8

This question already has an answer here:

I have a datetime object and its value is as follows

2017-03-16T17:46:53.677

Can someone please let me know how to convert this to dd/mm/yyyy hh:mm:ss format I googled a lott and could not find format conversion for this particular input.

marked as duplicate by Rajesh, Heretic Monkey, RobG date Mar 18 '17 at 5:04

This question has been asked before and already has an answer. If those answers do not fully address your question, please ask a new question.

  • Wow...these answers are horrible. Got to hate the js. – surfer190 Nov 16 '17 at 9:36
10

You can fully format the string as mentioned in other posts. But I think your better off using the locale functions in the date object?

var d = new Date("2017-03-16T17:46:53.677"); 
console.log( d.toLocaleString() ); 

edit :

ISO 8601 ( the format you are constructing with ) states the time zone is appended at the end with a [{+|-}hh][:mm] at the end of the string.

so you could do this :

var tzOffset = "+07:00" 
var d = new Date("2017-03-16T17:46:53.677"+ tzOffset);
console.log(d.toLocaleString());
var d = new Date("2017-03-16T17:46:53.677"); //  assumes local time. 
console.log(d.toLocaleString());
var d = new Date("2017-03-16T17:46:53.677Z"); // UTC time
console.log(d.toLocaleString());

edit :

Just so you know the locale function displays the date and time in the manner of the users language and location. European date is dd/mm/yyyy and US is mm/dd/yyyy.

var d = new Date("2017-03-16T17:46:53.677");
console.log(d.toLocaleString("en-US"));
console.log(d.toLocaleString("en-GB"));

  • @com3lius- this works fine. i can get the format right with this. but my local time is 11.30 am and it shows 4.30am. How can i add offset of 7 hours to this above code of yours ? – Rihana Mar 17 '17 at 18:37
  • The result of toLocaleString is entirely implementation dependent, it returns different results in different hosts. There is no way to guarantee it will fit the OP's format. – RobG Mar 18 '17 at 5:00
  • @RobG - totally agree its dependant on how the locale views dates. I did notice that my locale doesn't show as the OP requested mm/dd as opposed to dd/mm. But thats the normal way U.S. reads dates. – corn3lius Mar 20 '17 at 13:32
  • @corn3lius—I get m/d or d/m depending on which browser I use, so I have no confidence that system settings will be honoured (they should be used by default). The ECMA-402 "locale" is a misnomer, it's actually language. – RobG Mar 20 '17 at 20:40
  • you are awesome! thanks! – Vugar Abdullayev Nov 25 '17 at 13:07
9

This is what I use:

function getDate() {
  var date = new Date(),
    year = date.getFullYear(),
    month = (date.getMonth() + 1).toString(),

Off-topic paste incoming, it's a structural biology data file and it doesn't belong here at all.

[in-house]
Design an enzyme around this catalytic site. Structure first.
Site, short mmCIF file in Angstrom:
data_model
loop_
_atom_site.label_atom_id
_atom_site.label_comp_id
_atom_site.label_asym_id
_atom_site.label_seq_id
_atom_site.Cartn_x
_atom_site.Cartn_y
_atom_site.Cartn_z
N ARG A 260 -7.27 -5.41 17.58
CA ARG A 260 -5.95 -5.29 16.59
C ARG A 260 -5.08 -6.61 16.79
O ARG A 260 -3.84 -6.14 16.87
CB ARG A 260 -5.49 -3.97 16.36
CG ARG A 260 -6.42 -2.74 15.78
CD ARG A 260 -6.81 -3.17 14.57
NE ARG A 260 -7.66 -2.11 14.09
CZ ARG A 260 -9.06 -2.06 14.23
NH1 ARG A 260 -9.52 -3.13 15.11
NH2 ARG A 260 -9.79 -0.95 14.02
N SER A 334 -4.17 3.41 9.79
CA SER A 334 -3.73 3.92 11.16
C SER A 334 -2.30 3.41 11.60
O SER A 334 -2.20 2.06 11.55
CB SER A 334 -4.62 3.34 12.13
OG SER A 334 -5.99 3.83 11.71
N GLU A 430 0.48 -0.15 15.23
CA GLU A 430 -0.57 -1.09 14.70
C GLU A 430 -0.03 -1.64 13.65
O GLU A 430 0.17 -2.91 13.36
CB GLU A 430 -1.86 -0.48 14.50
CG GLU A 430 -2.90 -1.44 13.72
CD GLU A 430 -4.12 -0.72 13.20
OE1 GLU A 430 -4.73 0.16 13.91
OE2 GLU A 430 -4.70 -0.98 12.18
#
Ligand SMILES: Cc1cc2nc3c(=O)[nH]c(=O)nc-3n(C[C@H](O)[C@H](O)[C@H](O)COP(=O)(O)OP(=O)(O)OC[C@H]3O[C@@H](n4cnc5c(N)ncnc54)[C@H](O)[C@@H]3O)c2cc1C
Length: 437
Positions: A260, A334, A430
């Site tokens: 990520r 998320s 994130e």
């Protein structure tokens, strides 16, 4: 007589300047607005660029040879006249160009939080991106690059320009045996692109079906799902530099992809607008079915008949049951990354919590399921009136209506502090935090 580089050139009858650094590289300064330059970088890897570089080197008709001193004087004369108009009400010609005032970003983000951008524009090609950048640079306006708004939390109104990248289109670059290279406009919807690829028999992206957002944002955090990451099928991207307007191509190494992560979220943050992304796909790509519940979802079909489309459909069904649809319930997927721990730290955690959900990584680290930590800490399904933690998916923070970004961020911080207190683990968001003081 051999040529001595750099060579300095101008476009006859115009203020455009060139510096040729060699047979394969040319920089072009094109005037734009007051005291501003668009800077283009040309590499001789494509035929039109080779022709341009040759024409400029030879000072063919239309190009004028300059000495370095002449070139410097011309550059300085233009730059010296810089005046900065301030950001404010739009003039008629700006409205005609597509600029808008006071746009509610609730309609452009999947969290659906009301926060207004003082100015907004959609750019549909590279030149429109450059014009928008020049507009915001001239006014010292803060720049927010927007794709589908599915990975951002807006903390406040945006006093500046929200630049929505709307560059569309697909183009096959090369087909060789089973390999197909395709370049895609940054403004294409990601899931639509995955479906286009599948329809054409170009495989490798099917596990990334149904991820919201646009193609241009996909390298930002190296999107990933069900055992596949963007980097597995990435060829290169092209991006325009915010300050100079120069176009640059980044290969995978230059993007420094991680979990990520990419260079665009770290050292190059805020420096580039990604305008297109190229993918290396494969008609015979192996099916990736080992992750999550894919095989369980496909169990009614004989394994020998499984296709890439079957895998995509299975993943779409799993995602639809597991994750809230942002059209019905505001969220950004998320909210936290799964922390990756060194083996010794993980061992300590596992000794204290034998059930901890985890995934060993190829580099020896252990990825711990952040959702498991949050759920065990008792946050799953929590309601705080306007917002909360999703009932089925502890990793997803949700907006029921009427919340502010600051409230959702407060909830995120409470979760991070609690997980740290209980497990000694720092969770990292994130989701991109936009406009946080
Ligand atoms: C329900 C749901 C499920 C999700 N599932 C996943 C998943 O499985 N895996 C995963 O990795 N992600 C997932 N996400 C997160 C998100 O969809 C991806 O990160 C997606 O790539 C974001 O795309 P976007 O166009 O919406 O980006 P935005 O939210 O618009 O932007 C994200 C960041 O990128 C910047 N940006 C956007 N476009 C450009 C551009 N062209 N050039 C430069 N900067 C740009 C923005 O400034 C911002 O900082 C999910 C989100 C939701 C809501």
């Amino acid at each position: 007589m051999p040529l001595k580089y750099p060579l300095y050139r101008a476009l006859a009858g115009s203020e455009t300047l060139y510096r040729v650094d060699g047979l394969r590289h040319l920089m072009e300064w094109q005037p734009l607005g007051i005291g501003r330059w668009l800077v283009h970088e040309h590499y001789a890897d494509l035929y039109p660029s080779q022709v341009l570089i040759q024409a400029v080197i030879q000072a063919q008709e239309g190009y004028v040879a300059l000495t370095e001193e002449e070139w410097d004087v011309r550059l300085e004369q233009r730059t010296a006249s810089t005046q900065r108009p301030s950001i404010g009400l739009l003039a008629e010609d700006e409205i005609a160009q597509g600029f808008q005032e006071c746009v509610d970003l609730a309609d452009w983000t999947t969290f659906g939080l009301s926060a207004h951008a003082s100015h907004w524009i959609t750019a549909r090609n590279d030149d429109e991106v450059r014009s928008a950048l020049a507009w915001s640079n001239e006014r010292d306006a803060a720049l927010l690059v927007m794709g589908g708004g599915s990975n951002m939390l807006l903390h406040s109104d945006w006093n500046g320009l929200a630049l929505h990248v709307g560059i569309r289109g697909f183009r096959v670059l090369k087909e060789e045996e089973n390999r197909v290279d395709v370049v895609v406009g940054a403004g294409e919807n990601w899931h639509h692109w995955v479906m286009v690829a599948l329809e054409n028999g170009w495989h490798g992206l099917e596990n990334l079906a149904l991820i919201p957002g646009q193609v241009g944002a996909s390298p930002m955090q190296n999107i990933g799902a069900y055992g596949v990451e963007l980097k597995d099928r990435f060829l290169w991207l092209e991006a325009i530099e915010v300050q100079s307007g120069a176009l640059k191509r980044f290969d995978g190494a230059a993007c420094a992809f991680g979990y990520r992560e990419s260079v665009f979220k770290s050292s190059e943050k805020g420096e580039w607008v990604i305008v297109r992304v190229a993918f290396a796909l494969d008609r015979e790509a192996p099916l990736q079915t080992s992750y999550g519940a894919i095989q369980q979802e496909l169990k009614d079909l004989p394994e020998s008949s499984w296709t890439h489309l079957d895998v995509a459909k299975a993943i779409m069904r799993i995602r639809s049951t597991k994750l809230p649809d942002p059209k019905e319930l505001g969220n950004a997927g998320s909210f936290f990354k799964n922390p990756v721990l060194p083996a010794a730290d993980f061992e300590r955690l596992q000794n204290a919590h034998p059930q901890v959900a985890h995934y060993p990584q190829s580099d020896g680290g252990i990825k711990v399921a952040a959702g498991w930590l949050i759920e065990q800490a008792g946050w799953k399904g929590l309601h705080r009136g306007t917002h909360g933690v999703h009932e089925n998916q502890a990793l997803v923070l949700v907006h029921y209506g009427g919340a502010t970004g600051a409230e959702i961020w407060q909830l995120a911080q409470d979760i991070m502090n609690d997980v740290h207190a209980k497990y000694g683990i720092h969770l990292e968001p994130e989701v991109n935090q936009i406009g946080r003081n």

formatedMonth = (month.length === 1) ? ("0" + month) : month,
    day = date.getDate().toString(),
    formatedDay = (day.length === 1) ? ("0" + day) : day,
    hour = date.getHours().toString(),
    formatedHour = (hour.length === 1) ? ("0" + hour) : hour,
    minute = date.getMinutes().toString(),
    formatedMinute = (minute.length === 1) ? ("0" + minute) : minute,
    second = date.getSeconds().toString(),
    formatedSecond = (second.length === 1) ? ("0" + second) : second;
  return formatedDay + "-" + formatedMonth + "-" + year + " " + formatedHour + ':' + formatedMinute + ':' + formatedSecond;
};

document.getElementById("date").innerHTML = getDate();
setInterval(function() {
  document.getElementById("date").innerHTML = getDate();
}, 3000);
<span id="date"></span>

You'll probably just need the getDate() method.

  • very well done. – Jigar7521 Jun 21 '17 at 7:05
4

Here we go:

var today = new Date();
var day = today.getDate() + "";
var month = (today.getMonth() + 1) + "";
var year = today.getFullYear() + "";
var hour = today.getHours() + "";
var minutes = today.getMinutes() + "";
var seconds = today.getSeconds() + "";

day = checkZero(day);
month = checkZero(month);
year = checkZero(year);
hour = checkZero(hour);
mintues = checkZero(minutes);
seconds = checkZero(seconds);

console.log(day + "/" + month + "/" + year + " " + hour + ":" + minutes + ":" + seconds);


function checkZero(data){
  if(data.length == 1){
    data = "0" + data;
  }
  return data;
}

0

In vanilla js you can use the .getMonth(), .getYear and .getDate() methods then format the string at you would like.

Here is more information:

http://www.webdevelopersnotes.com/10-ways-to-format-time-and-date-using-javascript

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